The wingCatz of Terumah

Instructions for crafting a place for God to dwell include a pair of hammered-work creatures, with upward spreading wings, facing one another above the cover of the Ark. Between the two sculptured figures is where God promises to meet Moses to deliver further Revelation (Exodus 25:10-22, in parashat Terumah: Ex 25:1-27:19). The imagery is intriguing, if disconcerting: too close to forbidden graven images, too similar to idols of neighboring ancient cultures, and, ultimately, too erotic for prime time. But I’ve I recently learned some new perspectives on the hammered-work creatures and, more generally, the way religious imagery can work for us or not.

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Beyond Bleary-Eyed Page Shuffling

Some Early Morning Blessing Resources


offered with thoughts of Temple Micah’s upcoming siddur study group
Why open a prayer book?
The Art of Blessing the Day
God’s Faith
Morning Poetry
More Links

Why open a prayer book:

“Sometimes you’re just too strung out to come up with your own personal prayers. Having the text in front of you kind of takes you by the hand and walks you over to something that matters more than whatever is getting you down.
— Jay Michaelson in Making Prayer Real by R. Mike Comins, Jewish Lights 2010 (see also Making Prayer Real website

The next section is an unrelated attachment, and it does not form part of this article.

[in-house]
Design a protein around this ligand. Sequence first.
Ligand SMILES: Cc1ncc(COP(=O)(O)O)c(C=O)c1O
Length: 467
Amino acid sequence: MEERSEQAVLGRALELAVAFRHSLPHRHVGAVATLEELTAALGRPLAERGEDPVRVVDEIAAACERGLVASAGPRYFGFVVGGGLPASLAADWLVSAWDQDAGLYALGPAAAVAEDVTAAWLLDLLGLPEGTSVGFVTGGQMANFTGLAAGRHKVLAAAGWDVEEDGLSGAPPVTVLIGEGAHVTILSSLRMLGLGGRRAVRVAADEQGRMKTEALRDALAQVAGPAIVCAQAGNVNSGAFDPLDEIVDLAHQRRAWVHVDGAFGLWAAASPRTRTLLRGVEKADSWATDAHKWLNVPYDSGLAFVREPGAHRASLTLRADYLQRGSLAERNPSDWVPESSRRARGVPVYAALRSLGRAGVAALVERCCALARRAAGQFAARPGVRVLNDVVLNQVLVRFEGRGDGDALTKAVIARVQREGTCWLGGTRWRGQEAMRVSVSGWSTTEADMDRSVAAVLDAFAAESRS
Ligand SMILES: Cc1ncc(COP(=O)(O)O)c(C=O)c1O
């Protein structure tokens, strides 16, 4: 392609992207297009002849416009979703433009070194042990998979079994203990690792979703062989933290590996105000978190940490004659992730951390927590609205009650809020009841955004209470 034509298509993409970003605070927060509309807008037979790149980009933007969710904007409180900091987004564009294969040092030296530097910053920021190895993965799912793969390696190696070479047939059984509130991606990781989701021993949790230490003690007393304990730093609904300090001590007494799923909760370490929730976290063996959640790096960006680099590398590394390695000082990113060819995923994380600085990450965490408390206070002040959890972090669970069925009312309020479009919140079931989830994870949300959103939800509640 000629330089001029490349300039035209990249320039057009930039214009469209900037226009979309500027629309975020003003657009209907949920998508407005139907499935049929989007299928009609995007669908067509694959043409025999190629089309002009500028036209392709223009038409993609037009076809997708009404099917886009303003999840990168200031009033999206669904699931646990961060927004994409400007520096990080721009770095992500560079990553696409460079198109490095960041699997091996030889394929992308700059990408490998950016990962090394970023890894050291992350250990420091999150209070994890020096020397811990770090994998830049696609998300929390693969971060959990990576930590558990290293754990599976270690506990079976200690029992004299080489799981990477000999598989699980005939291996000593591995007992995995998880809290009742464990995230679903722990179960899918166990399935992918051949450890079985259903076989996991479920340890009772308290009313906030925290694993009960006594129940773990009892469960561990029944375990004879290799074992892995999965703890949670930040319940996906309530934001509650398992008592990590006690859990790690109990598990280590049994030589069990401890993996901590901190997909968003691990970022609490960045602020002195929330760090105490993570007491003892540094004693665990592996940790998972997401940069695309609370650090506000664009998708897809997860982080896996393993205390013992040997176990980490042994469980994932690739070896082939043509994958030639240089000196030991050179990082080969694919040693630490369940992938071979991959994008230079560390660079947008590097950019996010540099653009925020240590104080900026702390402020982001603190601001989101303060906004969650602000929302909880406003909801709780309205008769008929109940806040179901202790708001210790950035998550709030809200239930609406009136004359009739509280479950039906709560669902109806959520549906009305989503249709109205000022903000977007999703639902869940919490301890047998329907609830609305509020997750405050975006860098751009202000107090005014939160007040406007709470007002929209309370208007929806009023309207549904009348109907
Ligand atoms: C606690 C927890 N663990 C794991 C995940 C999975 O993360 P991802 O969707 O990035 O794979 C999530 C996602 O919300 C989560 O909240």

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“The Art of Blessing the Day”

An excerpt from the eponymous 1999 book by Marge Piercy:


The blessing for the return of a favorite cat,
the blessing for love returned, for friends’
return, for money received unexpected,
the blessing for the rising of the bread,
the sun, the oppressed. I am not sentimental
about old men mumbling the Hebrew by rote
with no more feeling than one says gesundheit.

But the discipline of blessings is to taste
each moment, the bitter, the sour, the sweet
and the salty, and be glad for what does not
hurt. The art is in compressing attention
to each little and big blossom of the tree

of life, to let the tongue sing each fruit,
its savor, its aroma and its use.
— Marge Piercy. Entire poem on publisher’s page
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God’s Faith?

Rabbi Nancy Fuchs-Kreimer teaches, regarding the early morning prayer, “Modah/eh ani…rabah emunatekha [Thank You, God for returning my soul to me…great is Your faith]”: What is this about God having “great faith”? Upon awakening, we note that God has just entrusted us with a new day…a whole day to help heal the world, wreak havoc in it, whatever we might choose to do with these precious hours. God is trusting us.
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